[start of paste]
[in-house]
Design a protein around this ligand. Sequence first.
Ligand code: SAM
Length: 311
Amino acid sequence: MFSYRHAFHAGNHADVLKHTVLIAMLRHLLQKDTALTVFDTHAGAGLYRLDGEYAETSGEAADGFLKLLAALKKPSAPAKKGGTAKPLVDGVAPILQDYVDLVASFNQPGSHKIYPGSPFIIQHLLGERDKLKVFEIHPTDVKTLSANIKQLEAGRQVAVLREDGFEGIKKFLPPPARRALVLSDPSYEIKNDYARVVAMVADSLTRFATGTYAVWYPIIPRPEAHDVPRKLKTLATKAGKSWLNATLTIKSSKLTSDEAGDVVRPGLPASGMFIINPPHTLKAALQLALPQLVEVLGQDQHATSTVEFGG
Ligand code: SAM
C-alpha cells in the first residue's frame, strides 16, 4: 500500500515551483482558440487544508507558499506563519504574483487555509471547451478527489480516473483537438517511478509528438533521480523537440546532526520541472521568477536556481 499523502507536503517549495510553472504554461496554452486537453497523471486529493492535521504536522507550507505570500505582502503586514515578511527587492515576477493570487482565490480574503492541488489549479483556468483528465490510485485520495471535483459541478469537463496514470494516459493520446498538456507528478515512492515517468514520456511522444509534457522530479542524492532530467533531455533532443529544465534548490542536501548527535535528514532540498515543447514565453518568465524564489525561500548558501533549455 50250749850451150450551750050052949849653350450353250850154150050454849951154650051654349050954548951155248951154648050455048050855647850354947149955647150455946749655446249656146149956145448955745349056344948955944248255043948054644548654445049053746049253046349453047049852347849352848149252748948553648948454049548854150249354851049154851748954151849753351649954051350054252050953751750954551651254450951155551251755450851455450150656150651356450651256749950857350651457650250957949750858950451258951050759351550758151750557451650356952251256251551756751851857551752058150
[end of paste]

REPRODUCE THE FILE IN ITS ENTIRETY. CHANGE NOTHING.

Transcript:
[in-house]
Design a protein around this ligand. Sequence first.
Ligand code: SAM
Length: 311
Amino acid sequence: MFSYRHAFHAGNHADVLKHTVLIAMLRHLLQKDTALTVFDTHAGAGLYRLDGEYAETSGEAADGFLKLLAALKKPSAPAKKGGTAKPLVDGVAPILQDYVDLVASFNQPGSHKIYPGSPFIIQHLLGERDKLKVFEIHPTDVKTLSANIKQLEAGRQVAVLREDGFEGIKKFLPPPARRALVLSDPSYEIKNDYARVVAMVADSLTRFATGTYAVWYPIIPRPEAHDVPRKLKTLATKAGKSWLNATLTIKSSKLTSDEAGDVVRPGLPASGMFIINPPHTLKAALQLALPQLVEVLGQDQHATSTVEFGG
Ligand code: SAM
C-alpha cells in the first residue's frame, strides 16, 4: 500500500515551483482558440487544508507558499506563519504574483487555509471547451478527489480516473483537438517511478509528438533521480523537440546532526520541472521568477536556481 499523502507536503517549495510553472504554461496554452486537453497523471486529493492535521504536522507550507505570500505582502503586514515578511527587492515576477493570487482565490480574503492541488489549479483556468483528465490510485485520495471535483459541478469537463496514470494516459493520446498538456507528478515512492515517468514520456511522444509534457522530479542524492532530467533531455533532443529544465534548490542536501548527535535528514532540498515543447514565453518568465524564489525561500548558501533549455 50250749850451150450551750050052949849653350450353250850154150050454849951154650051654349050954548951155248951154648050455048050855647850354947149955647150455946749655446249656146149956145448955745349056344948955944248255043948054644548654445049053746049253046349453047049852347849352848149252748948553648948454049548854150249354851049154851748954151849753351649954051350054252050953751750954551651254450951155551251755450851455450150656150651356450651256749950857350651457650250957949750858950451258951050759351550758151750557451650356952251256251551756751851857551752058150